• Staff spend less time figuring out how to do things
  • Reduce the budget needed for hiring outside help
  • Make immediate changes and announcements for events and programs
  • Add stories that support your fundraising efforts

 

Does Our Website Integrate with Our Nonprofit’s Other Systems?

Popular website platforms like WordPress usually offer the ability to integrate with other programs and services you already use at your nonprofit. But when your site is outdated, no longer secure, or built on a platform with little flexibility, you might not be able to automatically connect with your payment processor, donor database or email marketing service. This likely requires additional administrative work to move information around from place to place—also leaving room for error in each of your accounts.

What’s possible with a well-integrated website:

  • Quicker and more automated donation processing and follow-up
  • Easier to build your email list and send messages to accurate lists
  • Fewer inaccuracies or duplicates among donor records in your database
  • Online forms that collect supporter details and update their information in other places

 

Are We Investing in Website Workarounds Rather Than Solutions?

If, like in the question above, you’re struggling with integrations and adding new features to your website, there’s a good chance that you and other staff have been compensating with less than optimal workarounds. For example, do you have other websites for events, fundraisers, volunteer sign ups or a blog because your current site doesn’t have the right functionality or style? When this is the case, you’re investing in temporary tools and tactics that don’t serve your brand or your users in the long run.

What’s possible with a website that includes the features you need:

  • Fewer online accounts to manage, update and keep track of
  • Focus your energy on updating and adding content to the main site, which is good for search engine optimization and is more centralized for your users
  • Sync information collected from your event, fundraising and volunteer pages with your internal systems or database with fewer steps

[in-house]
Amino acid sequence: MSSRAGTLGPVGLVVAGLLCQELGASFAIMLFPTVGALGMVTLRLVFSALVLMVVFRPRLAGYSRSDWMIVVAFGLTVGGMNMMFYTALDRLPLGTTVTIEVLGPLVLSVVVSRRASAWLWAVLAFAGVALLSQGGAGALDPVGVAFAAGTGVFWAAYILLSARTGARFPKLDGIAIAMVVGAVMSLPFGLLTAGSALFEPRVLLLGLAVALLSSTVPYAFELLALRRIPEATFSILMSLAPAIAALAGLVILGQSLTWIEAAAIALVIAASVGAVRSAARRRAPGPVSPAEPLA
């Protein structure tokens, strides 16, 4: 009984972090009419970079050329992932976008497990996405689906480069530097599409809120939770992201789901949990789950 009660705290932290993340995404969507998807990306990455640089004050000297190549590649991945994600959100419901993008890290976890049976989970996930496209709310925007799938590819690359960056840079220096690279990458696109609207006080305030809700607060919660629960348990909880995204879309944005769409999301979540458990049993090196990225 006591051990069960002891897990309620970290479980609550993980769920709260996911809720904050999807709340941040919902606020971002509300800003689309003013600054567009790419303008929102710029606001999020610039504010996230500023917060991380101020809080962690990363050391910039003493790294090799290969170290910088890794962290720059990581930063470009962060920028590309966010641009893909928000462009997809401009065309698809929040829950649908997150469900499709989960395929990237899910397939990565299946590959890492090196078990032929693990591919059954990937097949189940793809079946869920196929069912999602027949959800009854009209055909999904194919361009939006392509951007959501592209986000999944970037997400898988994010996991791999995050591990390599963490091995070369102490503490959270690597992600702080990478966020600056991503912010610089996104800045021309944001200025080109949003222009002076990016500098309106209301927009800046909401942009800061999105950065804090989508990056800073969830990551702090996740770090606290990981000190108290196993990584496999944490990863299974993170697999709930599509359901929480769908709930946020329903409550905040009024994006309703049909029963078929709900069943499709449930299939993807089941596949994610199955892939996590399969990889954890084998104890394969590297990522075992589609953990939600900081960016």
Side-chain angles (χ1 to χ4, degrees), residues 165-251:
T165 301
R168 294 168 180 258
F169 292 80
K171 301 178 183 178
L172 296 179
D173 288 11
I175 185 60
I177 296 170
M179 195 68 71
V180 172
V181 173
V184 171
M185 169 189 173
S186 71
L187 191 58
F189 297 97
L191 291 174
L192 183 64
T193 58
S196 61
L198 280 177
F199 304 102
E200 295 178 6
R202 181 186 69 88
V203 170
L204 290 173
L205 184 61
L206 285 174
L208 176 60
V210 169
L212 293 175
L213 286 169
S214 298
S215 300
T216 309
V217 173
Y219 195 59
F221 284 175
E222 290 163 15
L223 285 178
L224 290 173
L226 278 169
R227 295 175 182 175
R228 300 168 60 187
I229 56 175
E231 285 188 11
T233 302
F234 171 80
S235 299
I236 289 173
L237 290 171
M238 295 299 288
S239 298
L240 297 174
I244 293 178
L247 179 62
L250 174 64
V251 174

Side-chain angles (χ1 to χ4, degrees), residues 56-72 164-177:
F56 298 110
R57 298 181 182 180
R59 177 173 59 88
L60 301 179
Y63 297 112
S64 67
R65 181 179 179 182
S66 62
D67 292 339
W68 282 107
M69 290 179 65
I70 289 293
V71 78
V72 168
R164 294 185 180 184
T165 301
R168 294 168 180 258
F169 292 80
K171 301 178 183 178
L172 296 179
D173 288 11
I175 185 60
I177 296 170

• Drive more traffic to your website, where people can take action and next steps

 

Could Our Website Be Hurting Our Nonprofit’s Reputation?

Your evidence here might be more anecdotal, but it can be an important point to make when talking to the top leadership of your organization. When a website doesn’t look very polished, doesn’t function in the ways you’d expect, or doesn’t seem trustworthy or secure, visitors might question your nonprofit’s legitimacy. Unless you invest in your website, you could be leaving donor dollars on the table, missing out on media opportunities, and losing volunteers who are more comfortable supporting an organization that seems well-established.

What’s possible with a professional-looking website:

  • Increase the number of online donations, including recurring or repeat gifts
  • Recruit more qualified board members and job candidates
  • Collect email signups from people that trust you with their information
  • Get more links and referrals from people and groups who are comfortable endorsing you

Download Our Free Worksheet

If you need help putting your thoughts together, make a copy of our Google doc to answer each of these questions and brainstorm what’s possible when you create a new website.

Think you have a compelling case already worked out in your mind? Writing down the reasons why you need a new website is a great way to consolidate your thoughts before talking to others.

Get the Worksheet

Are You Ready?

Having the first conversation is often the hardest. Our website redesign questions can get you started on the right foot. By talking about problems as well as possibilities, you can reduce the fear that comes with spending money and time on something new. In the end, would a new website be any riskier than the one you’ve got now?

If you’ve convinced a skeptic of the need to invest in your website, what was the most successful part of your pitch? Or, if you’re struggling to start a conversation about your current website, what’s holding you back? We’d love to hear from you in the comments.